Nanoscience

NanotubeA view down the middle of a boron nitride nanotube. (Credit: © Vin Crespi, Penn State Physics, CC BY-SA 2.0)

Nanoscience is well on its way to establishing itself as one of the critical technologies of the 21st Century. Just as semiconductors gave rise to computers, smart phones, the Internet, medical devices, and an endless stream of consumer products, nanoscience is enabling the development of new technologies in fields as diverse as electronics, medicine, photonics, energy, and quantum physics. Nanoscale constructions provide this flexibility for two reasons. First, they are small and precise enough to interact with molecules in entirely new ways. Nanomedicines, for example, often encapsulate drugs in molecular packages decorated with segments of molecules that enable them to target specific organs and diseases, and, once there, convince those cells to ingest the medication. Metal-organic frameworks, complex molecules engineered to reduce energy use in chemical reactions and capture carbon emissions from combustion, are another example. Second, and more intriguingly, nanoscale devices are closer in size to electrons and photons, and may interact with them in ways that are fundamentally different from the behavior of larger objects. For example, metamaterials, arrays of nanoscale structures, can bend light around an object to make it appear invisible. Nanoscale electronics can exploit quantum phenomena, like electron spin, energy waves, and quantum states to capture, store, and process information. As these technologies and other emerging applications reach commercialization, they are certain to change nearly every sphere of life.

DNA Origami: Twisting the Basis of Life in New Directions

DNA-based smiley faces
Jun 15, 2016

A new generation of researchers is re-imagining DNA as a building block rather than the carrier of our genetic code. They call it DNA origami. In a roundtable discussion, Shawn Douglas, Paul Rothemund and William Shih discuss how they are using DNA to better understand proteins, craft new medicines, and even perform computations.

Spotlight Live: A Microbial Manifesto (Transcript)

Diatoms
Feb 25, 2016

In this live webcast, three of the scientists behind The Unified Microbiome Initiative proposal—Janet Jansson, Rob Knight and Jeff Miller—discuss how to unlock the power of the microbial communities that shape our world and influence our health.

Spotlight Live: A Microbial Manifesto

Microbes
Jan 11, 2016

A live webcast on the Unified Microbiome Initiative, in which Janet Jansson, Rob Knight and Jeffrey Miller discuss the potential of nature's microbiomes and how we can tap into it.

Spotlight LIve: Hey Einstein, It Really Is a Quantum World (Transcript)

Apparatus
Dec 11, 2015

On November 5, Ronald Hanson and Renato Renner discussed the strongest proof yet that quantum theory, with faster-than-light links between entangled particles, explains the true nature of our universe. This is the transcript of their conversation.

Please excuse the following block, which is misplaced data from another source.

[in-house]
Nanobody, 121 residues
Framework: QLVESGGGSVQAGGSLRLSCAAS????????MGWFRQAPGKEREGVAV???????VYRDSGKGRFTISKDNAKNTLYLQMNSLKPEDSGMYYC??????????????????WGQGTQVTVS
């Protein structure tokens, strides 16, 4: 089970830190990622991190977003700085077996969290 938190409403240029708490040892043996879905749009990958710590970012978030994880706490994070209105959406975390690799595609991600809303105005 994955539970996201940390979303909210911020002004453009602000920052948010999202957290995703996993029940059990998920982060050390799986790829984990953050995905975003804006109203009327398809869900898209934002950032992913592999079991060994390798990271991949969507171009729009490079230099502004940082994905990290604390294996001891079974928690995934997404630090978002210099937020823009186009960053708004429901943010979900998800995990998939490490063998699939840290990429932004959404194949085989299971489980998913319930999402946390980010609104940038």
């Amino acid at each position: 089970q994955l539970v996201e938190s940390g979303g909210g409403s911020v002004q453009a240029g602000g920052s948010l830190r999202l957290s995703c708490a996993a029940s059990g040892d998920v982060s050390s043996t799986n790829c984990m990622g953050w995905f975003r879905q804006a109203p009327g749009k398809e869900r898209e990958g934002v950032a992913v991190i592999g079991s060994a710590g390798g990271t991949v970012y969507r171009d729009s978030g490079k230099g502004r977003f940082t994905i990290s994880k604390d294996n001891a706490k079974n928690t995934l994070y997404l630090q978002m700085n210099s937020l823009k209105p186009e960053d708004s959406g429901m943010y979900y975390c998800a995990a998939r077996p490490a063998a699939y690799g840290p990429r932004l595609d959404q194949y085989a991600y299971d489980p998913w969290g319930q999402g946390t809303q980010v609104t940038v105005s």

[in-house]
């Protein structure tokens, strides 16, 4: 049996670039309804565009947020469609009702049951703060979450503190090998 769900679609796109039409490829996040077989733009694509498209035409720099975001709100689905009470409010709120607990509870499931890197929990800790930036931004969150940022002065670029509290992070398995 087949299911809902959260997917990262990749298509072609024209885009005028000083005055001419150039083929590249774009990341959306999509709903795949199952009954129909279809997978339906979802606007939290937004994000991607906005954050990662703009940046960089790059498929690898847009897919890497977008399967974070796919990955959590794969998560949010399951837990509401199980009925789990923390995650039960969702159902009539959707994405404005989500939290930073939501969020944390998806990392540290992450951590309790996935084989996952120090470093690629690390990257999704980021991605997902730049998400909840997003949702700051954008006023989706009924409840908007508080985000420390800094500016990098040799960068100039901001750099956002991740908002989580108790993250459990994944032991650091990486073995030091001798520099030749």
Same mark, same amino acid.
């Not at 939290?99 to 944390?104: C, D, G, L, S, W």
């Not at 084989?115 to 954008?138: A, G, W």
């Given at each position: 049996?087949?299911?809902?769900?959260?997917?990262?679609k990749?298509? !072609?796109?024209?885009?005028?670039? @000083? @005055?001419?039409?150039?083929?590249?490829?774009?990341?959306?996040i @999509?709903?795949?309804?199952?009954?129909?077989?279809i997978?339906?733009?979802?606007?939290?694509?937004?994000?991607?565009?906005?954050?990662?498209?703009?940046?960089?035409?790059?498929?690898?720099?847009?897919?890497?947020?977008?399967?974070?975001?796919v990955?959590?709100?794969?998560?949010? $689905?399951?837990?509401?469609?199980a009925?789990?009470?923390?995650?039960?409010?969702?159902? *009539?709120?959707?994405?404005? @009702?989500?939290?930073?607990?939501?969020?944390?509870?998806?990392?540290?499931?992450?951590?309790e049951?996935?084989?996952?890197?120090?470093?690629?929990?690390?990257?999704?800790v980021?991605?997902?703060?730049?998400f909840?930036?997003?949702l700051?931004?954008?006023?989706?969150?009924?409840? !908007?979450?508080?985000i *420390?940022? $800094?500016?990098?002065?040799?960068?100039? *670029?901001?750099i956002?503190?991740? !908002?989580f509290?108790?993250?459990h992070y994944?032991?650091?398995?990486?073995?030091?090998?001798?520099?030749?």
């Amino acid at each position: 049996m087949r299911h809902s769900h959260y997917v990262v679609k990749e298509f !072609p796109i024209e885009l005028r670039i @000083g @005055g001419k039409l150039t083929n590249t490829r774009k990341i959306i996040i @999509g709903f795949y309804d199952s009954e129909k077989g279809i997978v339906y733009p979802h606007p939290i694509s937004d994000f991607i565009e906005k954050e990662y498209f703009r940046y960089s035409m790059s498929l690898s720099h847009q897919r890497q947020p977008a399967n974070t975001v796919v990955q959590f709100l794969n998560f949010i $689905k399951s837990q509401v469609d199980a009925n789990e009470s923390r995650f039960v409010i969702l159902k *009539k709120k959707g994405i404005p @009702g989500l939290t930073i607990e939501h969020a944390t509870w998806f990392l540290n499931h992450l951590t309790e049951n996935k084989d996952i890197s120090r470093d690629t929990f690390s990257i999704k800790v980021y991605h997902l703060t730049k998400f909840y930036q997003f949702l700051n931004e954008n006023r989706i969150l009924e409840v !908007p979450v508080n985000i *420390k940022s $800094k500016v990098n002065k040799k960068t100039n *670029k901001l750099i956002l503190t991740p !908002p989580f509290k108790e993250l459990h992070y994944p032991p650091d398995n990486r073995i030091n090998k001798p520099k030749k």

Why It's Time to Map the Microbiome

Soil Bacterium
Nov 23, 2015

The Unified Microbiome Initiative proposes to unlock the power of the microbial communities that shape our world and influence our health. Janet Jansson, Rob Knight and Jeff Miller talk about why it's urgent.

Spotlight Live: Hey Einstein, It Really Is a Quantum World

Loop Hole-free Bell Test experiment
Oct 29, 2015

Ronald Hanson and Renato Renner discuss the strongest proof yet that quantum theory, with faster-than-light links between entangled particles, explains the true nature of our universe. 

Spotlight Live: A Call for 'Brain Observatories'

Oct 14, 2015

How should the BRAIN Initiative evolve to unite and synergize the hundreds of individual laboratories it currently funds? Six researchers now propose a national network of neurotechnology centers, or “brain observatories.” Paul Alivisatos, Miyoung Chun, Michael Roukes and Rafael Yuste — four of the paper’s authors — answer your questions about this new idea and how it might affect the future of neuroscience.

Fueling Up: How nanoscience is creating a new type of solar power

Sep 02, 2015

Three leading nanoscientists — Peidong Yang, Thomas Moore and Ted Sargent — discuss a groundbreaking demonstration of artificial photosynthesis that turns the sun's energy into fuel. The remarkable new technology makes a sustainable energy future a very real possibility.

Spotlight Live: Learning from Earth’s Smallest Ecosystems

Mar 27, 2015

Two leaders in the field discussed what makes natural biomes so difficult to measure, and how nanoscience may help us unlock their secrets.

Unnatural Selection: New Materials & Unusual Properties by Design

Feb 26, 2015

By changing the nanoscale structure of materials, researchers have created invisibility cloaks and microscopes with unprecedented resolution. Three leaders in these new metamaterials explain how this is possible and consider what may come next.

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